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Jury: Millvale officer violated handcuffed prisoner’s rights

Tribune-Review
| Wednesday, November 19, 2014 1:57 p.m.
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A federal jury on Wednesday found Millvale police Officer Nicole Murphy violated the civil rights of a prisoner.
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James Knox | Trib Total Media
A federal jury found Nicole Murphy, a Millvale police officer, guilty of violating a handcuffed man's civil rights. Here, she makes her way into the federal courthouse, Downtown, on Monday, Nov. 17, 2014.

A federal jury deliberated less than four hours Wednesday before convicting Millvale police Officer Nicole Murphy of violating the civil rights of a man she shocked with a Taser at least three times while he was handcuffed and sitting on the floor of the police station.

Murphy left the courtroom without comment. Robert Stewart, her attorney, said they’ll start examining the trial record to prepare an appeal.

“We’re just extremely disappointed,” he said. “I don’t know what (the jurors) found so compelling.”

Jurors, as they left the federal courthouse, Downtown, declined to comment, as did Assistant U.S. Attorneys Cindy Chung and Carolyn Bloch.

Jack Cambest, Millvale’s solicitor, said the borough would have to wait to see what happens with any appeals of her conviction Murphy makes before it decides whether to fire her. She is suspended without pay.

Prosecutors said Murphy on Sept. 21, 2012, used the Taser at least three times on Thomas Jason James Smith without justification. Smith, who was 28 and living in Millvale at the time, was under arrest and subsequently pleaded guilty to public drunkenness and disorderly conduct.

Smith couldn’t be reached for comment.

Murphy, 30, of Shaler — who also goes by Nichole Murphy — could receive up to 10 years in prison. U.S. District Judge Arthur Schwab scheduled her sentencing for March 13. She remains free on $25,000 bond.

Because the charge is a felony, the guilty verdict, if it stands, ends her law enforcement career — even if she avoids incarceration.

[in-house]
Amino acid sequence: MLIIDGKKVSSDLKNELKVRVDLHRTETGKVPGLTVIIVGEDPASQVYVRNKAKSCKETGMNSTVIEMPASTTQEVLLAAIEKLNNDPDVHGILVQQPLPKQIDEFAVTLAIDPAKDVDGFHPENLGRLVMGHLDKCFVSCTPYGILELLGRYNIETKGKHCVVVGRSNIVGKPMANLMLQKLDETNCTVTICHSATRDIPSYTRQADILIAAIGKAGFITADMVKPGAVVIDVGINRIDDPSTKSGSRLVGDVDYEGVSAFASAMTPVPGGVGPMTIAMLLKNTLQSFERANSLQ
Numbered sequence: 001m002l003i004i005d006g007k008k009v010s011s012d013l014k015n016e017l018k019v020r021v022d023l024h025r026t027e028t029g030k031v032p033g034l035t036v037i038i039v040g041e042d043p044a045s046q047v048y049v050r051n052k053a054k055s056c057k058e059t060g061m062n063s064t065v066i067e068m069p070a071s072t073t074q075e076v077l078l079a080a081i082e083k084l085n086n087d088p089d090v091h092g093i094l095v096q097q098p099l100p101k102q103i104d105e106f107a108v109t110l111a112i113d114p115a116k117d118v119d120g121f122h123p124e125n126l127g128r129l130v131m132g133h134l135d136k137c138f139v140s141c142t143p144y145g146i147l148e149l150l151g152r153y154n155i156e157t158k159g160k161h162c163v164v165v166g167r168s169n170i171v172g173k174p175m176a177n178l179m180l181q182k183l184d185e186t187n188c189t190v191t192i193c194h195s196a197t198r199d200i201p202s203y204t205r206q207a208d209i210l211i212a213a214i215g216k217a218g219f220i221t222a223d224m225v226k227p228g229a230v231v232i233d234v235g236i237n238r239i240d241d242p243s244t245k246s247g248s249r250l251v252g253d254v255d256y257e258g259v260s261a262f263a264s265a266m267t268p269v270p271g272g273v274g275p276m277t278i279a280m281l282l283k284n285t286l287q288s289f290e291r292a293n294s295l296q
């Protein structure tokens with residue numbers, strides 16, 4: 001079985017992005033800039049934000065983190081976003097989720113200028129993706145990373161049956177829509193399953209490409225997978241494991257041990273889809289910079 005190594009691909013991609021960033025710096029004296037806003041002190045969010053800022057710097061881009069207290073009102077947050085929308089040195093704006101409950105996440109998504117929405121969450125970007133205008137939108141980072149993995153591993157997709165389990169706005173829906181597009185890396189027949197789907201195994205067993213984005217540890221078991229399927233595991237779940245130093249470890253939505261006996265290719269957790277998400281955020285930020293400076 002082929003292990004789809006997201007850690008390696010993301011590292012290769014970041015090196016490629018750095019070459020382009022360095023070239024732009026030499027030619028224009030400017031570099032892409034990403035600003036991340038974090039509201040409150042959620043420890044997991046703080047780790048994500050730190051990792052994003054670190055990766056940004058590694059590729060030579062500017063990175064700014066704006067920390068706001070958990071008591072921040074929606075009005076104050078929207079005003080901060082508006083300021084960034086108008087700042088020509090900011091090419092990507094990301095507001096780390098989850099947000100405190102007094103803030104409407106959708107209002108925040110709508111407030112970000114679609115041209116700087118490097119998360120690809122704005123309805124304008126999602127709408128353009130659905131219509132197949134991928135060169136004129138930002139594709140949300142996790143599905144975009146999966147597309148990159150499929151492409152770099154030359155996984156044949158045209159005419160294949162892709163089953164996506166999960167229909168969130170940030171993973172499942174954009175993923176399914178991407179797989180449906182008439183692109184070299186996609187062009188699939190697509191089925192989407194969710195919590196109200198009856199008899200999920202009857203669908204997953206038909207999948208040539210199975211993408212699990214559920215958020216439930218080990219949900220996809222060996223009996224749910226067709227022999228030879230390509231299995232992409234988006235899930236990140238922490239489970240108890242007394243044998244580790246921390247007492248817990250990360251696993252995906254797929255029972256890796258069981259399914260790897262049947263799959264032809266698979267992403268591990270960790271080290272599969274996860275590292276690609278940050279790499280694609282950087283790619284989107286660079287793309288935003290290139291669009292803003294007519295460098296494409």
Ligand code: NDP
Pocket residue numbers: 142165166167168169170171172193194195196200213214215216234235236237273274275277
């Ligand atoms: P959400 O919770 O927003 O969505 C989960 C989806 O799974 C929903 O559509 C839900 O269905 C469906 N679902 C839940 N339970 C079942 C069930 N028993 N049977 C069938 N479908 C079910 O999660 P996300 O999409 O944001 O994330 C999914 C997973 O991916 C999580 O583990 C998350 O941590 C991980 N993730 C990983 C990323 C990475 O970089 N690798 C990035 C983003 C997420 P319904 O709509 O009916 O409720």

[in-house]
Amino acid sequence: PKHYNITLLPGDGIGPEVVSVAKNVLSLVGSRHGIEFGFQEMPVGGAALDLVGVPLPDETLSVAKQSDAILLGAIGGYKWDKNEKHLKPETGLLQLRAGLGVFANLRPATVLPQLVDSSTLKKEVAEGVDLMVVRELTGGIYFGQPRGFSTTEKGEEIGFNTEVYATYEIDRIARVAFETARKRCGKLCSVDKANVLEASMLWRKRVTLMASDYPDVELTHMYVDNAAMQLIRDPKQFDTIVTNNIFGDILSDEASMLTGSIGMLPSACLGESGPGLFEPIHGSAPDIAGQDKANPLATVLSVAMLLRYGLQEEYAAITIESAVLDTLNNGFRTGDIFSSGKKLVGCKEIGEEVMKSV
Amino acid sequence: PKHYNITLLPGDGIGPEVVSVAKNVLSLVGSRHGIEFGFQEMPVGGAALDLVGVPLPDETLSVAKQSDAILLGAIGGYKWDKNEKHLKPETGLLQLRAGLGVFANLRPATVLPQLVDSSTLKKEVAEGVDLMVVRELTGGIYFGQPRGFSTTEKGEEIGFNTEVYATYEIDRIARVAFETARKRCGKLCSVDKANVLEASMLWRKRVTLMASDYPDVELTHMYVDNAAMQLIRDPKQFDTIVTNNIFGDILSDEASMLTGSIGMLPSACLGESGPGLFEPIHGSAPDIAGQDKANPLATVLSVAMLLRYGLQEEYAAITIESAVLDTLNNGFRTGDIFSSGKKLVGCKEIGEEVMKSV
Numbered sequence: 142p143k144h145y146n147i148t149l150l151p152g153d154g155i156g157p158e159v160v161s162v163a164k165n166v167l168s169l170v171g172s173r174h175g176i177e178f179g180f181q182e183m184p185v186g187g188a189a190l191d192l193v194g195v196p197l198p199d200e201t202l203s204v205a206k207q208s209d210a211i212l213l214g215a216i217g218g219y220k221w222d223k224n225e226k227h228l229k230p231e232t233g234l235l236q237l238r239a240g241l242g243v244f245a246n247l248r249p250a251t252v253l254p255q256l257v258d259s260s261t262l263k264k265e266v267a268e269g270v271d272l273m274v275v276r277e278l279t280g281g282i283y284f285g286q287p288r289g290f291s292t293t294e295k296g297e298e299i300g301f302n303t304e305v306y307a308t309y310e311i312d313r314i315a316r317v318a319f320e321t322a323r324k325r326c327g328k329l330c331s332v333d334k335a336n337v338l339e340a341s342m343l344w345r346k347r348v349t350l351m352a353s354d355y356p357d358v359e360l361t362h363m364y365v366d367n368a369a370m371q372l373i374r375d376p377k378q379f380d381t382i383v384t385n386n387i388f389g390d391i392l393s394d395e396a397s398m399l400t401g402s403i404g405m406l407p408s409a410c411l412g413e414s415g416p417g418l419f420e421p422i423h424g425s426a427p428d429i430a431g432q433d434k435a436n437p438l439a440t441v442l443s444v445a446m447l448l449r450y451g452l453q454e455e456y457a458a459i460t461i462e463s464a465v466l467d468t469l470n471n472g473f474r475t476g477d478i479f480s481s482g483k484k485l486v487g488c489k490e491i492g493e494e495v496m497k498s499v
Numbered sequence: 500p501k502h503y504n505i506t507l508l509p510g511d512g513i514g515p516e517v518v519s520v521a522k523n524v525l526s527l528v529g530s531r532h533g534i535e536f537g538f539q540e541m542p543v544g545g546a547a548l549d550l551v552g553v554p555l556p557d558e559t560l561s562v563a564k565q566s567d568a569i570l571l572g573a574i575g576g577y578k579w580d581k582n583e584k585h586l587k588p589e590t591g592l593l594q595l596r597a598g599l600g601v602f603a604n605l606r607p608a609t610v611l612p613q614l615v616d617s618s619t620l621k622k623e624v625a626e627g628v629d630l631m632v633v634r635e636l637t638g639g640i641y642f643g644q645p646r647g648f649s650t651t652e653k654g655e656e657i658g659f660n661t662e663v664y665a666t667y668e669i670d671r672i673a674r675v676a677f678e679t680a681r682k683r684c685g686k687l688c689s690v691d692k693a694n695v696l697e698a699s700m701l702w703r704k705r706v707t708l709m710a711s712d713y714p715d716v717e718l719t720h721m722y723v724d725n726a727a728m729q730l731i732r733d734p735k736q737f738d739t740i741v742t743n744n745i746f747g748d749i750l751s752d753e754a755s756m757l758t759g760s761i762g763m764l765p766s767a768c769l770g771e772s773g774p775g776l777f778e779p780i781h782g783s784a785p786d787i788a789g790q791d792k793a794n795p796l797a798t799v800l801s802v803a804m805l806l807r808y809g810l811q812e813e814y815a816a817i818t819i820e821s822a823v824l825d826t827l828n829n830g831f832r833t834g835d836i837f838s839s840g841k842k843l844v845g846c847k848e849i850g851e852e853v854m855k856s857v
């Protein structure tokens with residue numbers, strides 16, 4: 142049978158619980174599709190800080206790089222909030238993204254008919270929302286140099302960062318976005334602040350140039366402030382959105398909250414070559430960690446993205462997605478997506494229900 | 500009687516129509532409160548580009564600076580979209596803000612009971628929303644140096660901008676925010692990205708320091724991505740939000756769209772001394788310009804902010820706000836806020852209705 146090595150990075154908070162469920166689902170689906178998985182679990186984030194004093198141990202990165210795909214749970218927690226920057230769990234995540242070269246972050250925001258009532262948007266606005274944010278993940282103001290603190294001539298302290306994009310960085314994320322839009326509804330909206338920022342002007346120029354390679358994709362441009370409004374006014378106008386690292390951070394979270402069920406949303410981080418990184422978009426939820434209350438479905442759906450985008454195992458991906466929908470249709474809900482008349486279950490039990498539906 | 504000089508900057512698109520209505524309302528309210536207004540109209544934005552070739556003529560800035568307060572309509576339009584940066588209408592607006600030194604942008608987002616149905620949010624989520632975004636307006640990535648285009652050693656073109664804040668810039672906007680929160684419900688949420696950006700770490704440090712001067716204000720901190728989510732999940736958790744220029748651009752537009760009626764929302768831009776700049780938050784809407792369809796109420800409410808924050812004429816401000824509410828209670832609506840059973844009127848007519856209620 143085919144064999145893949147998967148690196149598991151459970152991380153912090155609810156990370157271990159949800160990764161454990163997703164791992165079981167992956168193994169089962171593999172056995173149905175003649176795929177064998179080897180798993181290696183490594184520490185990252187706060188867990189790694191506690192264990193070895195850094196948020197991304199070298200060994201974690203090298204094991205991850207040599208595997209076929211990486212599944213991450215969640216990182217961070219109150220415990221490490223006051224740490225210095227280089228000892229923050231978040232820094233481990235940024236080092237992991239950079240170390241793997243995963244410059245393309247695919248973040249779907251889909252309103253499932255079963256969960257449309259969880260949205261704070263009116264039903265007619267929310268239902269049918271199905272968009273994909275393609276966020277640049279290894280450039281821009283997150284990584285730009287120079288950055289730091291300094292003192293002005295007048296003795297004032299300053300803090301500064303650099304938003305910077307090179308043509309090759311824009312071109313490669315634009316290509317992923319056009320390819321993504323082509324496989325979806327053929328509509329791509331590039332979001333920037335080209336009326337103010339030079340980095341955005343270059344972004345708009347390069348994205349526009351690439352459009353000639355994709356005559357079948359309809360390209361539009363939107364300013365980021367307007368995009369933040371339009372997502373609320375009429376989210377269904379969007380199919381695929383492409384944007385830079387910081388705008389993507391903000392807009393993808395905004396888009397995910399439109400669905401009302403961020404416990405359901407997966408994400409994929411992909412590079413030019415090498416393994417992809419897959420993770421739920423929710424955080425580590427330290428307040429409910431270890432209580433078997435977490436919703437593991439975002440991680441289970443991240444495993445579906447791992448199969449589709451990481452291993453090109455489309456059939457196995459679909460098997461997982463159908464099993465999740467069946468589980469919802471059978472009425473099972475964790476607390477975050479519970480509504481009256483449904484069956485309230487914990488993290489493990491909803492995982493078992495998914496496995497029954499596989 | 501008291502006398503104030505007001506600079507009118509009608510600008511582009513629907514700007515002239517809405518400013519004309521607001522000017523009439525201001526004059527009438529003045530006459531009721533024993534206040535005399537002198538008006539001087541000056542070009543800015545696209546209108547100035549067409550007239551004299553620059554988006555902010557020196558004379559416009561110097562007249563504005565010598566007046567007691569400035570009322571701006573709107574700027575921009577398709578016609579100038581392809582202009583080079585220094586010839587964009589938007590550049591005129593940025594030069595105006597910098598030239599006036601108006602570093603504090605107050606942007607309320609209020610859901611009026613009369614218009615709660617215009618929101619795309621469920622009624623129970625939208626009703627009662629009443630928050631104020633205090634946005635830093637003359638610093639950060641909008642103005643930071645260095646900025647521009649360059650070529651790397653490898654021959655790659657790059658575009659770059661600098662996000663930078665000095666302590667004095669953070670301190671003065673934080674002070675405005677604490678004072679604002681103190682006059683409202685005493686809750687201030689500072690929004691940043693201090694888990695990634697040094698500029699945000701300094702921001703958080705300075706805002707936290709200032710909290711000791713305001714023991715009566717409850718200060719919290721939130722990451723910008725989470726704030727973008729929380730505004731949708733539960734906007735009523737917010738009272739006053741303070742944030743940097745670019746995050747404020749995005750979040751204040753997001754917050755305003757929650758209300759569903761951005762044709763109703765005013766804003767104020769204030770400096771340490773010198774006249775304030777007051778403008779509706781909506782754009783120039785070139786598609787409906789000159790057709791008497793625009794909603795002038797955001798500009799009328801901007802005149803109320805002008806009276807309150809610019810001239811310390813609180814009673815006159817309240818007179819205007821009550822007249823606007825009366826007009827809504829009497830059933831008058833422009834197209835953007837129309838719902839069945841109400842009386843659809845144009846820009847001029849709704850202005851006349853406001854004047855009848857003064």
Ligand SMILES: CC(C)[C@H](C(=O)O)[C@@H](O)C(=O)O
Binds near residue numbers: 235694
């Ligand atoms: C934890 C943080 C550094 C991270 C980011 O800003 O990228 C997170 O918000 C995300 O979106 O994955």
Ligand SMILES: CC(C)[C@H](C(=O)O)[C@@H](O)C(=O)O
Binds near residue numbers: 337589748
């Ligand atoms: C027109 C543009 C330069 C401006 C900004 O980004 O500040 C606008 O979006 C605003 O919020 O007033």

Millvale paid Smith $37,500 to settle a civil lawsuit. The borough manager and solicitor couldn’t be reached for comment.

Federal prosecutors argued that Murphy used the Taser on Smith because she was irritated by his obnoxious behavior.

Neither Murphy nor Smith testified during the trial.

Stewart said his client was attempting to stop Smith from banging his head against a desk and an office cubicle partition and had to do so because former Officer Casey Bonincontro was sitting in a chair laughing and recording the incident on his cellphone instead of trying to control Smith.

Prosecutors said Murphy changed her reasons for using the Taser in subsequent reports and an interview with investigators. She initially said she shocked Smith because he kicked her, then said it was to keep him from injuring himself and finally said it was because he was combative, kicked her, spat on Bonincontro and tried to attack him.

Bonincontro testified that Smith didn’t try to attack him.

A video Bonincontro made of the incident shows Smith scooting across the floor to bang his head on a partition. Once an emergency medical technician pulls him away from the partition, he scoots back, and Murphy, at her desk, brandishes a Taser. When he starts banging his head again, she walks over and shocks him.

Brian Bowling is a Trib Total Media staff writer. He can be reached at 412-325-4301 or bbowling@tribweb.com.

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